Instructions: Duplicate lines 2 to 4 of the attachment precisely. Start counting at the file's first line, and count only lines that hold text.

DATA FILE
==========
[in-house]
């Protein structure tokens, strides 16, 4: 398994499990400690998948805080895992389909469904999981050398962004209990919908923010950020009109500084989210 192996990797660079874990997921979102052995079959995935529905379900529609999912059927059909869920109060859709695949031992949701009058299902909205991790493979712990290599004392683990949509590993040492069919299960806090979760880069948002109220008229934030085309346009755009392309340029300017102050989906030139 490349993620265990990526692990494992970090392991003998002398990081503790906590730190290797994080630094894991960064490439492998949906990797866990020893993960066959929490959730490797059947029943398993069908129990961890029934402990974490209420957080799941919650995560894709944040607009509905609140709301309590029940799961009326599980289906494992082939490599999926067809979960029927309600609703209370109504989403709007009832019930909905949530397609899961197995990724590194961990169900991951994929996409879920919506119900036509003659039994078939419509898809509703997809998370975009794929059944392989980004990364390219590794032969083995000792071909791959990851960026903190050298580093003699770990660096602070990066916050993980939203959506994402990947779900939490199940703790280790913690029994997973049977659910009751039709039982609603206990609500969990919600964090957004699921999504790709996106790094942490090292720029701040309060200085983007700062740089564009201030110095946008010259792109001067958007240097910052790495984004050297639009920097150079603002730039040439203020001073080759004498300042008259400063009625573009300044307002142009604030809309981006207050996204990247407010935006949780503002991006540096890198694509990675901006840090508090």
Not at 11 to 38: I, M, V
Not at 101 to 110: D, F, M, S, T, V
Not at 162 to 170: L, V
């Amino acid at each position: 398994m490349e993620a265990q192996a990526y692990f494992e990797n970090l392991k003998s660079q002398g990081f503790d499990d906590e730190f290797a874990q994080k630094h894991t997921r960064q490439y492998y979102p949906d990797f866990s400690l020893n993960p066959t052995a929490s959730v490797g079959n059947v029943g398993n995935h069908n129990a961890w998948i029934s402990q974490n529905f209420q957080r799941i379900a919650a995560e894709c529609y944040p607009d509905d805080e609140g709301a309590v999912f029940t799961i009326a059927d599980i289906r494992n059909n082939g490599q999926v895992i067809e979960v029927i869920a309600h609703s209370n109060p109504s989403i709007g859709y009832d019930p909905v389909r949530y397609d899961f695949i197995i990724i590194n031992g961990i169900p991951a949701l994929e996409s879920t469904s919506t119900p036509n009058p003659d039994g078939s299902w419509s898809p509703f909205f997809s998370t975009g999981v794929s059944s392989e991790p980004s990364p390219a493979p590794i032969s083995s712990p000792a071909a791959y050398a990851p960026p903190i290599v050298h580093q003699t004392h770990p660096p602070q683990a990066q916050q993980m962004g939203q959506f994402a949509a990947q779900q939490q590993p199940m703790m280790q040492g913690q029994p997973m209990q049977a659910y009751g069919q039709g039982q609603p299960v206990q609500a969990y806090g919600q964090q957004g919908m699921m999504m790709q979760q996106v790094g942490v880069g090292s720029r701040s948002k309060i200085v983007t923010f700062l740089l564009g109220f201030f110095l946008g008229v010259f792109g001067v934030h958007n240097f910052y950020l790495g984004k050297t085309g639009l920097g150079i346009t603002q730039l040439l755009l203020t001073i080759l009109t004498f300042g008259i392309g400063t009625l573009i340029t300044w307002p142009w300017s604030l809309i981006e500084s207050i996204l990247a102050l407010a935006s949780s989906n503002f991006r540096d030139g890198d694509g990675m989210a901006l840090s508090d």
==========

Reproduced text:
């Protein structure tokens, strides 16, 4: 398994499990400690998948805080895992389909469904999981050398962004209990919908923010950020009109500084989210 192996990797660079874990997921979102052995079959995935529905379900529609999912059927059909869920109060859709695949031992949701009058299902909205991790493979712990290599004392683990949509590993040492069919299960806090979760880069948002109220008229934030085309346009755009392309340029300017102050989906030139 490349993620265990990526692990494992970090392991003998002398990081503790906590730190290797994080630094894991960064490439492998949906990797866990020893993960066959929490959730490797059947029943398993069908129990961890029934402990974490209420957080799941919650995560894709944040607009509905609140709301309590029940799961009326599980289906494992082939490599999926067809979960029927309600609703209370109504989403709007009832019930909905949530397609899961197995990724590194961990169900991951994929996409879920919506119900036509003659039994078939419509898809509703997809998370975009794929059944392989980004990364390219590794032969083995000792071909791959990851960026903190050298580093003699770990660096602070990066916050993980939203959506994402990947779900939490199940703790280790913690029994997973049977659910009751039709039982609603206990609500969990919600964090957004699921999504790709996106790094942490090292720029701040309060200085983007700062740089564009201030110095946008010259792109001067958007240097910052790495984004050297639009920097150079603002730039040439203020001073080759004498300042008259400063009625573009300044307002142009604030809309981006207050996204990247407010935006949780503002991006540096890198694509990675901006840090508090």
Not at 11 to 38: I, M, V
Not at 101 to 110: D, F, M, S, T, V